Dangerous dance in the Gulf
The US and Iran have thus far reacted to a string of provocative moves more in word than deed, but the potential for miscalculation is high
The summer has passed without any of the direct military clashes in the Gulf between US and Iranian forces that many had feared. But the autumn holds scant prospect of an early resolution of the crisis, and thus for reducing the risk of even an accidental misstep into war.
And two external factors risk further ratcheting up the tension—the impact of the United Arab Emirates' (UAE) withdrawal from the battle against the Iran-backed Houthis in Yemen; and the 2020 US presidential election.
Any number of incidents over the past few months could have triggered a military confrontation in the Gulf. President Donald Trump in June came close to ordering airstrikes against Iranian targets in retaliation for the shooting down of an American drone. In August, the Houthis—apparently with Iranian assistance—carried out a drone attack on the giant Shaybah oil field in south-eastern Saudi Arabia, close to the UAE border.
Thus far, each side has been content to prod the other, without wanting to trigger a conflict. For the US, this has taken the form of reinforcing sanctions and building up its military presence, including the deployment of around 500 troops in Saudi Arabia. Iran has used its Islamic Revolutionary Guard Corps (IRGC) to harass and attack tankers in the Gulf, and its regional proxies to launch strikes on targets in Saudi Arabia and Iraq.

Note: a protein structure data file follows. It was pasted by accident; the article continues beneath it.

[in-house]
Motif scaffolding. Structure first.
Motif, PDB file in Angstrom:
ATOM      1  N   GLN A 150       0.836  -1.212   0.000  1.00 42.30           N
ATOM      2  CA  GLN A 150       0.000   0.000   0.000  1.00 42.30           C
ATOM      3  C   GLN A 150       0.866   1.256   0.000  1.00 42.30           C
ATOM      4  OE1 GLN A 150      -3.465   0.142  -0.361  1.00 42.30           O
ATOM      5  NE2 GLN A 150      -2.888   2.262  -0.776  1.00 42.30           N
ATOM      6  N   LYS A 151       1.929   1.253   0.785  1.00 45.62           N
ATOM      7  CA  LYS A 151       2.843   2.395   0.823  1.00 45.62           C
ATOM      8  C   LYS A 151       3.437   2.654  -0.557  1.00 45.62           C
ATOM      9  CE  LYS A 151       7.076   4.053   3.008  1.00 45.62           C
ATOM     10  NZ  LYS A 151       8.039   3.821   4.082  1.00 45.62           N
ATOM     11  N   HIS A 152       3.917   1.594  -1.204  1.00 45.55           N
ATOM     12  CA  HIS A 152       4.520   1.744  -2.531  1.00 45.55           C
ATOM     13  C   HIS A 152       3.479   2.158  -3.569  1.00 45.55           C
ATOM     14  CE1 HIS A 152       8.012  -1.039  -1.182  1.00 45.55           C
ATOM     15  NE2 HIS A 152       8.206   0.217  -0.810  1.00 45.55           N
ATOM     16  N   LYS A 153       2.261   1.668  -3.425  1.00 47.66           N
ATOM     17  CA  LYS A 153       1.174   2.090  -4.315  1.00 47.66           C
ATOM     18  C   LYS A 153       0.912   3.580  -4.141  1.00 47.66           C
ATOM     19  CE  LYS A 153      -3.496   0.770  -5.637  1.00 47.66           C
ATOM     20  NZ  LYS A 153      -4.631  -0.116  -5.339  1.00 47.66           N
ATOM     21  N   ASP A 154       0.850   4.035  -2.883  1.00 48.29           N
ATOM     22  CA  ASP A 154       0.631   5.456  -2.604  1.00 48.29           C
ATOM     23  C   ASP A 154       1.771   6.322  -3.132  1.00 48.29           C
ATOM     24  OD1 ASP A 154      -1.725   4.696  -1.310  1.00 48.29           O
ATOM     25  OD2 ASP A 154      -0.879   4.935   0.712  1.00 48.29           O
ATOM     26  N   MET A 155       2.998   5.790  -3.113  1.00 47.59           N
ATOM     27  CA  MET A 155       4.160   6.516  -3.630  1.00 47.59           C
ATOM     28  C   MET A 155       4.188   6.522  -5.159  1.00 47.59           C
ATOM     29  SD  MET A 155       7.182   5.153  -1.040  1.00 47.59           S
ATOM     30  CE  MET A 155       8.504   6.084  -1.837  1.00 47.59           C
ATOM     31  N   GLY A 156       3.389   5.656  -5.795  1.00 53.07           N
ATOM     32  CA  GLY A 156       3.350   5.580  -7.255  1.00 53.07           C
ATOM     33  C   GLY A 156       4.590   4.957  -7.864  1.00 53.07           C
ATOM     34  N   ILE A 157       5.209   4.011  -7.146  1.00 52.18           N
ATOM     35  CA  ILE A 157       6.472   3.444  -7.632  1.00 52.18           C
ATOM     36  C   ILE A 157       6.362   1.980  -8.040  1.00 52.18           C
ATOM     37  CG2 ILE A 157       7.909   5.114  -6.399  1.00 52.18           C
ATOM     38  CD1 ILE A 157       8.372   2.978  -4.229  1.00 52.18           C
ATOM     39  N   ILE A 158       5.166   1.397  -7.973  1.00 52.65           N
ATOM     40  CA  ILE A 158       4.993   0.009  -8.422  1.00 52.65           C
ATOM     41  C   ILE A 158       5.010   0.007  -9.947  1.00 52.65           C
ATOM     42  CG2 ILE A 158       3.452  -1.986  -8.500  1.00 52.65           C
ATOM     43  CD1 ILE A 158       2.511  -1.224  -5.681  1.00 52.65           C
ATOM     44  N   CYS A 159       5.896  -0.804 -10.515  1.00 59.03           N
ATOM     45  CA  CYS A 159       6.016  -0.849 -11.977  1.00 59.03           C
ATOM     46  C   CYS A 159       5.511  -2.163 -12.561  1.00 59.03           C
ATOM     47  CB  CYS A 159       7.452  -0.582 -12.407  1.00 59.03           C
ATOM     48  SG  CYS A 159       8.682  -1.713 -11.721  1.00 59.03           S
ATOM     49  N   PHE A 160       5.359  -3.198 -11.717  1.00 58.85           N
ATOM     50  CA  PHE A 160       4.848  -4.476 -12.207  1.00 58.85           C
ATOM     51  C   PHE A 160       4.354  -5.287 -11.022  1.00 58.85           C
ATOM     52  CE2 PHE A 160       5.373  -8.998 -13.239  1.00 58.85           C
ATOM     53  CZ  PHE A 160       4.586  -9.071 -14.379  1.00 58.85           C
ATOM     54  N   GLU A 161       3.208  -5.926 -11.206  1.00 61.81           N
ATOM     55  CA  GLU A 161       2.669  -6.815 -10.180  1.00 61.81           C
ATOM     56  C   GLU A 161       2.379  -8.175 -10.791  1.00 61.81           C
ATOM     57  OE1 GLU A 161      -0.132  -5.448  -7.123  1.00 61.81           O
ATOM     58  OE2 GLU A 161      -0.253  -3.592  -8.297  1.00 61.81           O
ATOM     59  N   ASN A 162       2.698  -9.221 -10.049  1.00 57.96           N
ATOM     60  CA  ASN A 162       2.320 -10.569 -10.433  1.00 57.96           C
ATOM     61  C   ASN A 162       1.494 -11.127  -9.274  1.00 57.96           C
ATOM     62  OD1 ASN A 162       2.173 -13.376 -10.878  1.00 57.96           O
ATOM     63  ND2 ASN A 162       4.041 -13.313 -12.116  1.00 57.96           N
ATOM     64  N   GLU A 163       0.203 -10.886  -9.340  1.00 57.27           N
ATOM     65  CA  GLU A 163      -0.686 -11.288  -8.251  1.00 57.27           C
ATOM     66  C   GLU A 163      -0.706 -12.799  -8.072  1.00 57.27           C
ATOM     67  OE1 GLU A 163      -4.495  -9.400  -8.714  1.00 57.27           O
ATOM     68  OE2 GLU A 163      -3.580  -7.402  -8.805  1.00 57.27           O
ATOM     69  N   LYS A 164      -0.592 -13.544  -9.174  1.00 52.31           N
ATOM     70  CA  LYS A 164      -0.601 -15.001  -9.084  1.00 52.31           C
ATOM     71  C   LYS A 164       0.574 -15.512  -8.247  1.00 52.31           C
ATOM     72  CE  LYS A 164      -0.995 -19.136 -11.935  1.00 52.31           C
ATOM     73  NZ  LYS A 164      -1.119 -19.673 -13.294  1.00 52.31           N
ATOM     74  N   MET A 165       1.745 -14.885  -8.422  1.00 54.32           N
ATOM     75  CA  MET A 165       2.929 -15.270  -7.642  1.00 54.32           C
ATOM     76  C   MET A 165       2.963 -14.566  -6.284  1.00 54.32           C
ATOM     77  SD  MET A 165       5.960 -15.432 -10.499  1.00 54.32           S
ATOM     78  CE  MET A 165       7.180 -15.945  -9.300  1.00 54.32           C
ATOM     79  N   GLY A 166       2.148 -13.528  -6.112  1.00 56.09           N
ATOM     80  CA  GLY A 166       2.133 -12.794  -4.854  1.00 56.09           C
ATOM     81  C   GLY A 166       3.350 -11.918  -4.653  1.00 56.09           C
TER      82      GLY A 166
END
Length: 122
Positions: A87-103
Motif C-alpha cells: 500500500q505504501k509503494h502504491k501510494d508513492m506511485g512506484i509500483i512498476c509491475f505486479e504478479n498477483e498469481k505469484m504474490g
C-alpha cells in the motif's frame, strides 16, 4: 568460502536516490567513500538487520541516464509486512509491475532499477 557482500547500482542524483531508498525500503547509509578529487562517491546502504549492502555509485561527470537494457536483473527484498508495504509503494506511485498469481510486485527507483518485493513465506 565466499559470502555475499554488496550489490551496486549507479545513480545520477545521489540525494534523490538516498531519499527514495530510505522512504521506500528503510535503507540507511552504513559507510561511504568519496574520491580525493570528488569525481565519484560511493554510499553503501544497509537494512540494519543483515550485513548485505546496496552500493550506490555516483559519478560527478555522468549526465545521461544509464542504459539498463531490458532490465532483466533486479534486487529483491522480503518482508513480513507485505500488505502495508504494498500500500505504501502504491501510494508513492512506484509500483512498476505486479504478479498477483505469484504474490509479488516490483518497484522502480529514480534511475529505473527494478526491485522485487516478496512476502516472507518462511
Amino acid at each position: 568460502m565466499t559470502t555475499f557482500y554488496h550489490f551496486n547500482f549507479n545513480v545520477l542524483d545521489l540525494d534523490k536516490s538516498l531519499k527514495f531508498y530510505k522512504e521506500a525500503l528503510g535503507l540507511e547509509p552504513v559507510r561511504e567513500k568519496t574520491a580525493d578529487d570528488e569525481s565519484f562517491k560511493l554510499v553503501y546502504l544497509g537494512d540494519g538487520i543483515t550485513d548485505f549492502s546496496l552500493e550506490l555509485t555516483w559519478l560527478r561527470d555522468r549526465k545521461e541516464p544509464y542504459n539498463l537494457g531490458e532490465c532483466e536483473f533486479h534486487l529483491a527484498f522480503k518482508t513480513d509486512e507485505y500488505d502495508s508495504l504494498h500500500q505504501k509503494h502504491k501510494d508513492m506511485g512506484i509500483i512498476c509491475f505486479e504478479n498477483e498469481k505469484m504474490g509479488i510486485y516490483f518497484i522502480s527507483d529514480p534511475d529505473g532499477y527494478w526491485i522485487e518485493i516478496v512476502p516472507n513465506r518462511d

President Trump and the Iranian leadership "have both made it fairly clear that they want to avoid escalation", says Ian Black, senior fellow at the London School of Economics' Middle East Centre. "But there is clearly a serious risk of miscalculation, or that each side will fail to read the other's red lines."
Trump came to power on the promise of making ‘America great again' rather than waging wars overseas. The thrust of his Gulf policy, despite the huge military build-up, is to defeat Iran economically by starving it of oil revenue. The prospect of the inevitable loss of American lives in a war with Iran is not one that an incumbent president would relish a year before standing for re-election.
The Iranian leadership knows this. Hurting as the country is from the effect of US sanctions, Iran is not prepared to enter negotiations in a way that would allow Trump to claim a US victory ahead of next November's poll. Iran insists that the lifting of sanctions is a pre-condition for talks, and that Tehran is not interested in negotiating a new nuclear deal. Rather, it wants the US to re-commit to the existing one—a strong possibility if Trump were defeated and the Democrats came to power.
Crisis complexity grows
In Black's view, the chances of near-term negotiations to end the crisis are slim, for those in Tehran urging dialogue and compromise are in a weak position. "President Rouhani staked everything on the [nuclear] agreement—but so far he has only seen the country's economic crisis deepen," he says. "The logic of his position is being undermined. Ayatollah Khamenei and the IRGC may be content to expose American perfidy, preach resistance and damn the consequences."
Iran also sees the Yemen crisis as an increasingly effective diplomatic lever in the Gulf crisis and relations with its Arab neighbours. The UAE's military withdrawal from Yemen leaves Saudi Arabia as the sole combatant in a five-year-long war that no side can win. Pressure on the Saudi leadership to find a compromise with both the Houthis and their Iranian backers is increasing, with the complexity of the Gulf crisis as a whole increasing.